By Rowan Wyatt
According to the Oxford English Dictionary a fool is “A person who acts unwisely or imprudently; a silly person” and from a historical perspective “A jester or clown, especially one retained in a royal or noble household”
Today in the UK we ‘celebrate’, for want of a better word, April Fool’s Day. Going back to the days of Chaucer (and beyond into Pagan times) from midnight to midday on April 1st it is customary to prank and joke our way through the morning, making ‘April Fools’ of our victims we hilariously trick. But if we continue our japery past midday we ourselves become the fools, and no one wants to be a fool……do they?
King David was bringing the Ark of the Covenant back to the city of David amidst great pomp and circumstance. Musicians where playing, tambourines were banging, the crowd cheering and so consumed was David that he began to dance wildly at the head of the procession, wearing nothing but a linen ephod, a ceremonial garment similar to a tabard. His wife Michal, daughter of Saul, watched him through her window and was embarrassed and despised him for what he was doing. 2 Samuel 6:14-20.
I used to think that this was the very first instance of someone being a fool for God, and very dramatic it seemed to me when I first read it. Here was a king, respected and venerated by his people, kicking up a storm and dancing with abandon, wearing very little and probably leaving onlookers very open mouthed… including his furious wife. I was impressed! As someone who as a young man, always tried to kick down convention, I found something that resonated in me and whenever I read those verses I always fist pump and say ‘Go David’! In fact, when I was a regular Worship Leader I used to lead the people in the song ‘Undignified’ by Matt Redman, and would break convention by dancing whilst playing guitar during this song, and yes I got many tuts and sour looks from a number of the congregation.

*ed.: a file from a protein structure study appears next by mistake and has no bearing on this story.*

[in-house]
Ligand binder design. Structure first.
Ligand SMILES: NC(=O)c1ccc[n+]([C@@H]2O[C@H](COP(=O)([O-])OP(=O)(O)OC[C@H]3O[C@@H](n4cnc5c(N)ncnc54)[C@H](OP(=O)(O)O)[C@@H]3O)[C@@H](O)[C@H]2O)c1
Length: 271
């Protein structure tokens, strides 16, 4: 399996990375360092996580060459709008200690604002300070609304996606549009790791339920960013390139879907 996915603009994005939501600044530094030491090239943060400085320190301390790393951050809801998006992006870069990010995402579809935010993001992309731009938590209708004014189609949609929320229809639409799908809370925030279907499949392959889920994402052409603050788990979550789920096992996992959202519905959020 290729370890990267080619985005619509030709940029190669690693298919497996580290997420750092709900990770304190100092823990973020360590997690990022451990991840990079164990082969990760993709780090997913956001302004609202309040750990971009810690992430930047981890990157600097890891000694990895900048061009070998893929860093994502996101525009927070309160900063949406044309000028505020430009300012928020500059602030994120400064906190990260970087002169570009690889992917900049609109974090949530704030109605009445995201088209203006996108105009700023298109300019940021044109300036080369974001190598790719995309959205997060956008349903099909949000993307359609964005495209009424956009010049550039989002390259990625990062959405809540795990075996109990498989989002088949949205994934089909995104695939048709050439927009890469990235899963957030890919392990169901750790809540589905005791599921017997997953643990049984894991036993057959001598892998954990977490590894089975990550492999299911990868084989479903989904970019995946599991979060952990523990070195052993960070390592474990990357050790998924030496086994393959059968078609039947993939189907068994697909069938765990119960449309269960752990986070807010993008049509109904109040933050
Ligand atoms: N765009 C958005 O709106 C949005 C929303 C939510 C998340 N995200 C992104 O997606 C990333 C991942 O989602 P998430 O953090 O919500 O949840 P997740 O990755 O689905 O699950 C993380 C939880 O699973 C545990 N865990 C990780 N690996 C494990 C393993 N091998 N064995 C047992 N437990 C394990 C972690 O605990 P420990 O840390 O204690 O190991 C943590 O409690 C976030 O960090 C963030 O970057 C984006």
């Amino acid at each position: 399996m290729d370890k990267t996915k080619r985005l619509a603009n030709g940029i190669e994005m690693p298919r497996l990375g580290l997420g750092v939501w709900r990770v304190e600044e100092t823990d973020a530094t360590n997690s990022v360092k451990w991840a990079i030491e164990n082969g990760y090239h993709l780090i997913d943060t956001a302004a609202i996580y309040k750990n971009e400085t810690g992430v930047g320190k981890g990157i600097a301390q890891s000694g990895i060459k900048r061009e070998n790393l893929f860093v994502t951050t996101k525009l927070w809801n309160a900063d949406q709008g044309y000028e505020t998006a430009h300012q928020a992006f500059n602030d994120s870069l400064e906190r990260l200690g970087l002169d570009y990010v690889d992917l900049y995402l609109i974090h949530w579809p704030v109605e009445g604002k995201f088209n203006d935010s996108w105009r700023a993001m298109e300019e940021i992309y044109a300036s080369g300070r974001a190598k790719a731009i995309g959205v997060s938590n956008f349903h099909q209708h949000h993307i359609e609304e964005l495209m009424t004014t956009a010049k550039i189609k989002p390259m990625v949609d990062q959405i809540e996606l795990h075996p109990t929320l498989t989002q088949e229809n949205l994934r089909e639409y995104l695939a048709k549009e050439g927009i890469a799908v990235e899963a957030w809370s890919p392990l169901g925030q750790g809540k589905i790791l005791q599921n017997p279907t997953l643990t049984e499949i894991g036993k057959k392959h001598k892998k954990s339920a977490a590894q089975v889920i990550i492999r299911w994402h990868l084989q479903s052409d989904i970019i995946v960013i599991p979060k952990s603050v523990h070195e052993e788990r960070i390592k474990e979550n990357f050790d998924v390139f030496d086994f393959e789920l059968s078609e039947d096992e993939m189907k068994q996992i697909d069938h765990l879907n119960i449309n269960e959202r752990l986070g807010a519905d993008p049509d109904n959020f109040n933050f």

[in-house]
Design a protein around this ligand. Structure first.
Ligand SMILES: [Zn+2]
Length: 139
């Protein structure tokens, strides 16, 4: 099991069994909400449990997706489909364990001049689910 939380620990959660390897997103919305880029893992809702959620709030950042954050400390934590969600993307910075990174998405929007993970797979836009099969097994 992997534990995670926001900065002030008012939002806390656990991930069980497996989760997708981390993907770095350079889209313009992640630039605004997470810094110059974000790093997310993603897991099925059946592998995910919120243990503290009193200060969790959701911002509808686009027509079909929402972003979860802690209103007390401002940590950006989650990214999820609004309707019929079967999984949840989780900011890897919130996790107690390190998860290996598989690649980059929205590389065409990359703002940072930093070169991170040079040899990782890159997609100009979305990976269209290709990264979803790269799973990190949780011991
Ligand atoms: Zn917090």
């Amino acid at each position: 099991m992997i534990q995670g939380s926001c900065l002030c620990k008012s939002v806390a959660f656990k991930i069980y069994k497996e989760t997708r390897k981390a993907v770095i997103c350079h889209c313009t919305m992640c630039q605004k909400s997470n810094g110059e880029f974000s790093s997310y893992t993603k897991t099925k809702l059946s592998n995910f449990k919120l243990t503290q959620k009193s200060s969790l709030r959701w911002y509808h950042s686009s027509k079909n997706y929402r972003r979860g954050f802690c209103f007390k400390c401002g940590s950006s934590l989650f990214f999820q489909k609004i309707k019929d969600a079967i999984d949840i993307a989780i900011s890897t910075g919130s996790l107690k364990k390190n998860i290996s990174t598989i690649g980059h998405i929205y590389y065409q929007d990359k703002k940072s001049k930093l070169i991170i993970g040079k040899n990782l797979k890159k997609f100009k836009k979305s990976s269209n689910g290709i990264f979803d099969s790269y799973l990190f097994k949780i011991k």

Investigation into the Bible brings up many instances of Gods people being Holy Fools, being mocked for their faith and what they are trying to achieve, Isaiah and Ezekiel for example. Moses knew he was going to face ridicule from Pharaoh and the Egyptians, even the Israelites he was trying to rescue mocked him. Jesus himself was mocked on many occasions, most notably when he was on the cross. Mocked, despised, spat upon.
St Francis was a typical example of someone you could describe as a fool for Christ, but it is one of his followers, St Juniper, who really shone in this regard. He would often give away his clothes to the needy, leaving himself naked, would steal food to give to the hungry and once gave away the altar bells to a poor woman. Even his brother monks got fed up with his foolishness. But I say what utter and absolute holiness, to actually give away everything, even your clothes, to the poor, just as Jesus had said to do.
But it is Paul who brings this matter up most succinctly 1 Corinthians 1:18 ‘For the message of the cross is foolishness to those who are perishing, but to us who are being saved it is the power of God’.
Yes! As Christians in this modern age we are seen as fools for our faith. Daily we get the same comments, jokes and guffaws aimed in our direction. Its tiring, annoying and to a hot blooded Welshman like me can tempt one to rage. But Looking at the message from Paul brings this into stark reflection. We are not the fools. They are the ones playing a joke past midday on April 1st the joke is on them. We may look foolish, dancing in Church, raising our hands in Worship, singing loudly when our singing voice should carry a hazard warning, giving our money and time freely but in fact there is nothing foolish about it.
King David danced out of devoted love for God, Jesus endured mockery out of devoted love for us and in turn we seem foolish to others for our devoted love for Him. So if being a fool is to love Christ and my fellow man I am quite happy to be called one. Are you?